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their agency, be reappointed, and that others be added, whe, in the opinion of the Assembly, will probably be active in the business. · 3. That it be earnestly recommended to all the Presbyte. ries under the care of the Assembly, to take the most effectual order to obtain subscriptions from all their congrega. tions, both settled and vacant, for aiding the funds in contemplation; and for this purpose, that they make it the duty of every minister to take up subscriptions in his own charge, and appoint proper persons to do the same in the vacancies: and also, that the several members aid, so far as may be necessary and practicable, the agents whom the General Assembly have appointed to solicit at large.
4. That the sums of money already collected, or which may hereafter be collected for the fund of the Theological Seminary, be forwarded, as soon as may be practicable, to the treasurer of the Trustees of the Assembly; and that the said Trastees be directed to invest such money in some productive public stock. · The following is a list of the agents for the ensuing year, appointed by the Assembly to solicit donations for the 'establishment of the Theological Seminary, including the agents reappointed, and also the new appointments made in addition, viz.
Of the Synod of Albany.
Rev. Mess. Jedidiah Chapman, William Morrison, James Carnahan, Jonas Coe, William Neill, John Chester, Mr. Isaac Hutton, and Col. John Linklaen.
of the Synod of New-York and New Jersey.
Rev. Mess. Samuel Miller, D. D. Philip Milledoler, D. D. John B. Romeyn, D. D. James Richards, David Comfort, John M'Neice, Isaac Vandoren, Gardiner Spring, Mess.. John Mills, and Divie Bethune.
Of the Synod of Philadelphia.
Rey. Ashbel Green, D. D. Nathanael Irwin, James Muir, D. D. John Glendy, Archibald Alexander, D. D. John E. Latta, John B. Slemons, John B. Patterson, James Inglis, Mess. Robert Ralston, Thomas Leiper, John M‘Mullin, Christopher Johnson, and William M.Donald,
of the Synod of Virginia. Rev. Mess. Drury Lacy, John D. Blair, William William. son, Samuel Houston, Conrad Speece, John H. Rice, Samuel B. Wilson, Mess. Hume, and William Calhoun.
of the Synod of Pittsburgh. Rev. Mess. Samuel Ralston, James Guthrie, William Spear, and James Hughes.
Of the Synod of Kentucky. Rev. Mess. Robert G. Wilson, James Blythe, Archibald meron, and Joshua L. Wilson.
of the Synod of the Carolinas.
Rev. Mess. James Hall, D.D. Daniel Brown, Henry Kollock, D. D. Malcolm M Nair, John Couser, James W. Thompgon, Moses Waddell, D. D. William L. Turner, William M.Pheeters, John Brown, Andrew Flinn, John Elliot, of Medway, Dr. Buchan, Hon. William B. Chavis, Maj. Samuel Robertson, Dr. John Cumming, of Savannah, Mr. John Bolton, of Savannah, Mr. Thomas Cumming, Mr. Charles Banks, Mr. John Brownlee, of Charleston.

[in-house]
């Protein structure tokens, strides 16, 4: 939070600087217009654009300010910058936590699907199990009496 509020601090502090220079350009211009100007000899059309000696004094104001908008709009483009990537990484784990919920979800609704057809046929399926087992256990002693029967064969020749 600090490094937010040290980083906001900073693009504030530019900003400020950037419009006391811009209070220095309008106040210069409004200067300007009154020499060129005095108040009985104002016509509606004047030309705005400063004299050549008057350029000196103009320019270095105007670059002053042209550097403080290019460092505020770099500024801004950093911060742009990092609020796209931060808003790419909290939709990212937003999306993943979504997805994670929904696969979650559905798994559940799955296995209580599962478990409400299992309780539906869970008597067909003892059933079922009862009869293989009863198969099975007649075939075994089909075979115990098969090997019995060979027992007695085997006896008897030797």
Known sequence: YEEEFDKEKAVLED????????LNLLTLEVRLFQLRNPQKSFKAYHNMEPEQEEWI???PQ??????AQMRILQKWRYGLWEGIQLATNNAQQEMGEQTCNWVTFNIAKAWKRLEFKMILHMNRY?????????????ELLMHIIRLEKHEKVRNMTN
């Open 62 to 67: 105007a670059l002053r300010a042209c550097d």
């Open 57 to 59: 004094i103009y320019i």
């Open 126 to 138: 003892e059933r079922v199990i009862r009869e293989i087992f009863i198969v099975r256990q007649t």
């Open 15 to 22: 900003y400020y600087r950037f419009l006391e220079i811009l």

Besides their appointment to solicit in general within their respective districts, the Rev. Dr. Milledoler was appointed to solicit particularly on Long-Island, and the Rev. John E. Latta in Baltimore: on the east side of the Hudson, the Rey. Jonas Coe; on the west side of the Hudson, the Rev. Mr. Neill in Albany, Schenactedy, and the towns adjacent:
Ordered, that the foregoing resolutions, and appointments of agents, be printed with the revised plan of the Theological Seminary, and that a competent number of copies be transmitted, by the stated clerk, to the Presbyteries under the care of the Assembly.
It was also recommended by the Assembly, that the Pres.' byteries take order to supply the pulpits of the ministers, who are appointed agents, during the time of their absence from their charges in prosecuting the business of their agency.
The Committee appointed to lay before the Assembly, the amount of the subscriptions and donations, obtained by the agents appointed by the last Assembly to solicit donations for thc Theological Seminary, reported, that it appeared, from the reports of said agents made to this Assembly, that donations to the amount of $ 14,000, 01 8 15,000, had been
obtained for the aforesaid purpose. Of this sum, § 3,000 are subscribed in the city of New York ; $ 1500 are on papers in the hands of the Rey. John E. Latta, of the state of Delaware ; $ 1,100 on papers in the hands of the Rev. Dr. James Hall of North Carolina ; S 1000 on papers in the hands of the Rev. Malcolm M‘Nair, of the same state. To the support of this institution, Deacon William Falconer, late of the city of Philadelphia, has devoted the whole of his estate, supposed to be worth eight or nine thousand dollars; and Mr. William Minnes, of Upper Octorara; has bequeathed the sum of 8 200, if the said Institution be established by the Assembly, to be paid one year after his decease.
From the statement of the agents, it moreover appeared, that, on account of peculiar circumstances, they have not in many places made any applications for donations for this object; nevertheless, sufficient grounds are afforded to believe, that, by suitable exertions, ample funds will be obtained for the establishment and support of a Theological School under the direction of the General Assembly. By order of the General Assembly,
JACOB J. JANEWAY, Stated Clerk.
Extract from the Report of the Standing Committee of Mis
sions, to the General Assembly of the Presbyterian Church in the United States of America, for 1810,
« BARNET gives comfortable evidence that he is a subject of a work of divine grace. Of his own and his childrens' baptism, we have before reported ; last summer, about the end of June, he was admitted to full communion.